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Citing Information Sources in Research Projects

Plagiarism can be defined as using someone else’s words, ideas, images, or data without properly acknowledging the original source. Examples of plagiarism include:

  • copying exactly someone else’s work without acknowledging the original source
  • altering someone else’s words, ideas, images, or data and presenting them as one’s own
  • claiming as one’s own work that was created, altered, or revised by someone else.

Plagiarism is a serious offense and can result in academic or legal penalties; however, plagiarism can be avoided by using information in an ethical way.

Ethical use of information ensures that the original creator of a source is properly acknowledged each time his or her words, information, ideas, or images are used in another work. This is achieved by documenting, or citing, information each time it is used.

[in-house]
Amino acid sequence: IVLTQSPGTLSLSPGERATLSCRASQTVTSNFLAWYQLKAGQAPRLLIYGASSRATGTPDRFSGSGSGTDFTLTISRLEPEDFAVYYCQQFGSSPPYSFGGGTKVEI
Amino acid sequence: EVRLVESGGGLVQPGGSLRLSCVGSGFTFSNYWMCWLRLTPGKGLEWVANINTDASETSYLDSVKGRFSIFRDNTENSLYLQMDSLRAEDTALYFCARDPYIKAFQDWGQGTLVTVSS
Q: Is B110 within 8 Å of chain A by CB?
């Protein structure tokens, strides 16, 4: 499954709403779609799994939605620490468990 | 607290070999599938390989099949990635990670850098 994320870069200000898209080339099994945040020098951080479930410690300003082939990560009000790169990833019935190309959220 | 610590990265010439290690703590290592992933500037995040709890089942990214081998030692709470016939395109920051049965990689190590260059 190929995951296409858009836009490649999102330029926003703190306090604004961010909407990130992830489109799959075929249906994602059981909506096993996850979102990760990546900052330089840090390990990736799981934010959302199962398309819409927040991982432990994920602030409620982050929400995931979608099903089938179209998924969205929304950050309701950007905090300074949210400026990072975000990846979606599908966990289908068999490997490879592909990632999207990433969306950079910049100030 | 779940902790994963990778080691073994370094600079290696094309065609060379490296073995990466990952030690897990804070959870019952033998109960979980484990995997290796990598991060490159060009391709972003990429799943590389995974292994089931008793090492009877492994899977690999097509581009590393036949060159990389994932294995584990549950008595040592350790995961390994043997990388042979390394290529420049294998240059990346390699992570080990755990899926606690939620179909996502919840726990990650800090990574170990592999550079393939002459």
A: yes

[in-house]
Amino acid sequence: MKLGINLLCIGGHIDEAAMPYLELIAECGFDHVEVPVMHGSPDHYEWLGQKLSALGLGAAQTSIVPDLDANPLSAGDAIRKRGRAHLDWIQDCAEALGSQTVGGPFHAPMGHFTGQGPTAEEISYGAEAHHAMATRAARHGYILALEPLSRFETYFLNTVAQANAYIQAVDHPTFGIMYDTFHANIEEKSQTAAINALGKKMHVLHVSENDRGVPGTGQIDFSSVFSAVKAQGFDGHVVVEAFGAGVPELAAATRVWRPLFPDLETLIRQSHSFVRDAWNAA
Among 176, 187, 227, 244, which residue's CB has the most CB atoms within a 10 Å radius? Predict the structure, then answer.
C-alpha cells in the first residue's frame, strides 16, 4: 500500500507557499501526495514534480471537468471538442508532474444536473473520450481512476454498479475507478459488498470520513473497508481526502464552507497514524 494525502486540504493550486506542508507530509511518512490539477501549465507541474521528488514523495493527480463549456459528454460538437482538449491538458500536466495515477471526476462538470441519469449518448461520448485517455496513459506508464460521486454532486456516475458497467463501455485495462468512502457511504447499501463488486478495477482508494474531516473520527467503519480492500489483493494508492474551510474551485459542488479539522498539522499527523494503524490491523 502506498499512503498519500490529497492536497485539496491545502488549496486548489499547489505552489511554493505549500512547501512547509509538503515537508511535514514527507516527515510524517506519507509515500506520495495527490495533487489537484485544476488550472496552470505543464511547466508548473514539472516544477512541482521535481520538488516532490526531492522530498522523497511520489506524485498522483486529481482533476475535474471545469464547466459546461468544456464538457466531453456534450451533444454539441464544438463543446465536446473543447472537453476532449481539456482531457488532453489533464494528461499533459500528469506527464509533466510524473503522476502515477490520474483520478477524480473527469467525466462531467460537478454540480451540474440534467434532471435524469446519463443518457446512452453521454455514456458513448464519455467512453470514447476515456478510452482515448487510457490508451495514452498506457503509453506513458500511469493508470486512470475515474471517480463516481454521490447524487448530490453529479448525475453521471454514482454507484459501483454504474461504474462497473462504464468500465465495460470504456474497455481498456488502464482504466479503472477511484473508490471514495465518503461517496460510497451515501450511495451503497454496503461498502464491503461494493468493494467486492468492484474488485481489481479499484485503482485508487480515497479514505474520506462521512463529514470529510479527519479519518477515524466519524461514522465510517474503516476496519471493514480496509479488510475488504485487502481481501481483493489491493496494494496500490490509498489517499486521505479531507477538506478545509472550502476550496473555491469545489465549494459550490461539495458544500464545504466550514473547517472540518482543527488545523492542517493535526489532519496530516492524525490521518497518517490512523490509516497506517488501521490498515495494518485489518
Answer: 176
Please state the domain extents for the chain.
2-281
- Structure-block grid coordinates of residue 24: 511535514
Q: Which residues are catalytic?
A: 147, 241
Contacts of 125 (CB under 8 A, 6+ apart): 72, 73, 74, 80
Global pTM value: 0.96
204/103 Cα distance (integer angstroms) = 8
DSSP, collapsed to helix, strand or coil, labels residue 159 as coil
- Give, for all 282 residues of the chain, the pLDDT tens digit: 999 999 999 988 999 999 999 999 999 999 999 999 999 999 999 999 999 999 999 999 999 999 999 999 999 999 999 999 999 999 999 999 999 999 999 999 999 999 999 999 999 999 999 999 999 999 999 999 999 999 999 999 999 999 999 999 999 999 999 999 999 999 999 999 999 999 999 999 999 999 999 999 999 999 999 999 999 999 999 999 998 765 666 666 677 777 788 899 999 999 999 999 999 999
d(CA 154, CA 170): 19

Proper documentation of sources serves several purposes, including:

  • providing complete publication information for a source
  • giving credit to the original creator of a source
  • enabling the reader to more easily find the original source
  • providing a standardized style for recording that information.

Documentation styles provide guidelines for citing sources within a research project as well as in a list of references or works cited. These guidelines are established by various professional organizations according to the discipline or field of study, such as:

  • Modern Language Association (MLA): literature, languages, and other humanities
  • American Psychological Association (APA): psychology and other behavioral sciences
  • University of Chicago (also called Turabian): social sciences.

Check with the course instructor to determine which style is required for your research project. Follow these links for assistance with the styles most commonly used at this college (you will need Adobe Reader to view or print the first four PDF documents below):